How does cultural identity matter for Māori economic decision-making? Te Rangahau o Te Tuakiri Māori me Ngā Waiaro ā-Pūtea | The Māori Identity and Financial Attitudes Study (MIFAS) aims to address this question. The MIFAS is the first large-scale (n = 7,019) nationwide study of Māori aged 18 and over that aims to correlate personal cultural beliefs and practices to economic choices.
Pōwhiri has a long history and generates deeper meanings beyond the formal enactment of welcome. What happens when this ritual is transferred into contemporary environments, especially those beyond the traditional marae? In particular, how might the performance of this ritual as adapted to suit objectives beyond its ritual origins be seen, even so, to reconstruct and reinforce the sense of identity, communality and belonging—who we are and how we come together—that pōwhiri was evolved to engender?
Statistics from the New Zealand Electoral Commission (2013) show that only 55% of those who indicate they are of Māori descent are enrolled on the Māori electoral roll. In this paper, we aim to find the statistical predictors of being enrolled to vote on the Māori roll versus being enrolled on the general roll. We present two models analysing demographic and psychological aspects of people’s subjective identification as Māori to predict enrolment on the Māori roll.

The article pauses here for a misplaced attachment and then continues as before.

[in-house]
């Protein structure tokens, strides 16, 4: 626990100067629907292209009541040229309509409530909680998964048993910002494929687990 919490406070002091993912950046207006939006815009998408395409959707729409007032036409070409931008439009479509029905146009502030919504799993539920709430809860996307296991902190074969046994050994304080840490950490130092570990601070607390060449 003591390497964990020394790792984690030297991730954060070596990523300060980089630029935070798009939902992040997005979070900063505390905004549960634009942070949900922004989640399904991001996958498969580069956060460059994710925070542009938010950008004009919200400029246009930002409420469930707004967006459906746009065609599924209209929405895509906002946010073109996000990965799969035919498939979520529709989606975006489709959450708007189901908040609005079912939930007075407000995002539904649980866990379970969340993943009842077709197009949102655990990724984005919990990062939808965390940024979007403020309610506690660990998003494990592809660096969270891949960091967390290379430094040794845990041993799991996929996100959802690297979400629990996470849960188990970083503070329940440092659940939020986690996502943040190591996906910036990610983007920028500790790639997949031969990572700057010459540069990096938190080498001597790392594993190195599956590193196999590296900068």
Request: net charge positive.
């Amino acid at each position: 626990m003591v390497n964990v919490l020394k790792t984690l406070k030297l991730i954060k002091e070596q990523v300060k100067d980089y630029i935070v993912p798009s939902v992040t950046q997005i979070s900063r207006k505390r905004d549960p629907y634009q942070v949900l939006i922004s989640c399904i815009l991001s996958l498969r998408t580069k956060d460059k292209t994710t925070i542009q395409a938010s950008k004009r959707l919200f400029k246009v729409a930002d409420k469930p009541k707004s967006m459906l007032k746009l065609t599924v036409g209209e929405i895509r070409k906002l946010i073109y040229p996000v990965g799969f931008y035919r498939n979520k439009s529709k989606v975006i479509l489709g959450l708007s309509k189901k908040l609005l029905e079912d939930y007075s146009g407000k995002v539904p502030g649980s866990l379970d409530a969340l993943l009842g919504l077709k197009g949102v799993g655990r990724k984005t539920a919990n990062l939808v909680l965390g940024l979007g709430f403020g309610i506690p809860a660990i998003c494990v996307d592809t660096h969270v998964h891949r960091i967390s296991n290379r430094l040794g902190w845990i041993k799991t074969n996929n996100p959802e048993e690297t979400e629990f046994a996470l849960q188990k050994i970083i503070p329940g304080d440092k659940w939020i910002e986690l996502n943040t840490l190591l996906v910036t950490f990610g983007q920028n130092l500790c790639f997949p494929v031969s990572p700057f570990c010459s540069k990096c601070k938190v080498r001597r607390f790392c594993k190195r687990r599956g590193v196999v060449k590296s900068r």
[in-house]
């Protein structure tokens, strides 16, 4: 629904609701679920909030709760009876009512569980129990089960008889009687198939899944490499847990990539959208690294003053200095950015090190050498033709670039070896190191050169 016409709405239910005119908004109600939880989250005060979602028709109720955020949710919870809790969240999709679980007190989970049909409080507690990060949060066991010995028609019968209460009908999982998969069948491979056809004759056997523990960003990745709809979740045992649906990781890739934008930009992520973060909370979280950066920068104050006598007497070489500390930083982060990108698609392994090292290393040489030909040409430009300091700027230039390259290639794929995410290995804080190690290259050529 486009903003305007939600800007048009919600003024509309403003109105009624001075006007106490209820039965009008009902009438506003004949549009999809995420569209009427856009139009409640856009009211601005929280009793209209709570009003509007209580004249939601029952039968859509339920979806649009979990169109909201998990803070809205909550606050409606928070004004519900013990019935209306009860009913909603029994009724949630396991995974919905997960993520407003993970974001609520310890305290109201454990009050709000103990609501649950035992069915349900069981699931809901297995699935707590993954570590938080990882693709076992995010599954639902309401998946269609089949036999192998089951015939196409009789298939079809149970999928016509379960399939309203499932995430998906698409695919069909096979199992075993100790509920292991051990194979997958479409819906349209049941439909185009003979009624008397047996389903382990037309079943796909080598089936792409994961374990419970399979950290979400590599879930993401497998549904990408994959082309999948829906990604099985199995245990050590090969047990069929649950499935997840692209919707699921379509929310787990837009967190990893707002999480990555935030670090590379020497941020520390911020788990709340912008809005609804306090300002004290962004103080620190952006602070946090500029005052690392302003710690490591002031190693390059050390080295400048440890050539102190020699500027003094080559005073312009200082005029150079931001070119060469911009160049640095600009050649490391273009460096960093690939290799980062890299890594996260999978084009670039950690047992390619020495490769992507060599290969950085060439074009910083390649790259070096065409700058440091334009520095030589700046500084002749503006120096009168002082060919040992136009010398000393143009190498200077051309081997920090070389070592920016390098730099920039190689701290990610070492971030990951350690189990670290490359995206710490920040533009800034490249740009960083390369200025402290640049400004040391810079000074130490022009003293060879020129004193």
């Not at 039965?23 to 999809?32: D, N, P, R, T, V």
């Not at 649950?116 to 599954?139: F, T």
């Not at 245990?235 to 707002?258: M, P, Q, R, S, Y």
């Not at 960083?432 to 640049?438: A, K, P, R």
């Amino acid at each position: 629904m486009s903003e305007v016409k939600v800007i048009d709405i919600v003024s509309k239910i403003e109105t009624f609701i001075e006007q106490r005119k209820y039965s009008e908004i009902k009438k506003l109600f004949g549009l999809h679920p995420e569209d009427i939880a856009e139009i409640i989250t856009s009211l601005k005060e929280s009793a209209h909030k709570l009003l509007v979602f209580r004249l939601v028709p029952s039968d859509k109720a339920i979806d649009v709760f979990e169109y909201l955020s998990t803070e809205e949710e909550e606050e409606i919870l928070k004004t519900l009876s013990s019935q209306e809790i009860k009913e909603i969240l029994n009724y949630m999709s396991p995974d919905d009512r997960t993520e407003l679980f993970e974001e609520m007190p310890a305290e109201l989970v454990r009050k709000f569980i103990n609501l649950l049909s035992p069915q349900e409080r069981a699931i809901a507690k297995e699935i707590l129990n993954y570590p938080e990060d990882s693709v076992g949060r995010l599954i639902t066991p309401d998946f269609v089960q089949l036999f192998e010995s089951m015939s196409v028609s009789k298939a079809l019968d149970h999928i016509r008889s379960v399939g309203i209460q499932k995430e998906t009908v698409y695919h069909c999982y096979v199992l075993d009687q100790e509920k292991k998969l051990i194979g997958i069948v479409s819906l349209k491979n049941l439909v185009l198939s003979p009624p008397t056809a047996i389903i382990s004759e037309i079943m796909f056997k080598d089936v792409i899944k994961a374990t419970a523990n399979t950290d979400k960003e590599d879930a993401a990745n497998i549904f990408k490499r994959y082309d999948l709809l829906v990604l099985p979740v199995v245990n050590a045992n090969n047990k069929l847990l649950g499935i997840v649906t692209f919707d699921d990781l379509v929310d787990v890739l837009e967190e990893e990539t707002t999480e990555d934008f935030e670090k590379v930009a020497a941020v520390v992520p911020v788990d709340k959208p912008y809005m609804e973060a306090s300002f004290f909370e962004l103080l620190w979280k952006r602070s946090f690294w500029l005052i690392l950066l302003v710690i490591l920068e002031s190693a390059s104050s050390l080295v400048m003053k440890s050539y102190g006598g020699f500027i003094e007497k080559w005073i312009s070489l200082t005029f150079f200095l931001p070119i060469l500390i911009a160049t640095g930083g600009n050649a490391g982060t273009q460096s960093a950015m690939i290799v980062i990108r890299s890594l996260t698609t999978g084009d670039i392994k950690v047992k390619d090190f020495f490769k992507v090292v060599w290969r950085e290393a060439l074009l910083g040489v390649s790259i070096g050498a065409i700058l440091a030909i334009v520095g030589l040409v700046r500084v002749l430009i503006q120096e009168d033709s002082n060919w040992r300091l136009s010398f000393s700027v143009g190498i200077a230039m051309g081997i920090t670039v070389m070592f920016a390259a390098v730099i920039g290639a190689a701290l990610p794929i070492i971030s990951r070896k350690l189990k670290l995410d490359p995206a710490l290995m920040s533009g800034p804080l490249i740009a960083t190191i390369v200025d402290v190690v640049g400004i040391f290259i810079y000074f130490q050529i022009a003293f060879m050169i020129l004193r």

In Aotearoa New Zealand, the largest growing cohort of Māori engaging in tertiary education at degree level is mature Māori women. For most Māori beginning university there are considerable challenges to achieving a university-level education and qualification. This paper reports on a study that used Kaupapa Māori and Mana Wāhine research approaches to give voice to five mature Māori women who shared aspects of their first year at university, highlighting the cultural dissonance they experienced and how they overcame the challenges they faced as students.
This article discusses original research conducted with Māori high school students in order to explore factors that motivate migration between particular identity positions. It presents the Māori identity migration model as a way of conceptualising the dynamic and diverse nature of urban Māori youth identities, and to allow for an analysis of the resources and threats available to urban Māori youth who occupy different identity spaces.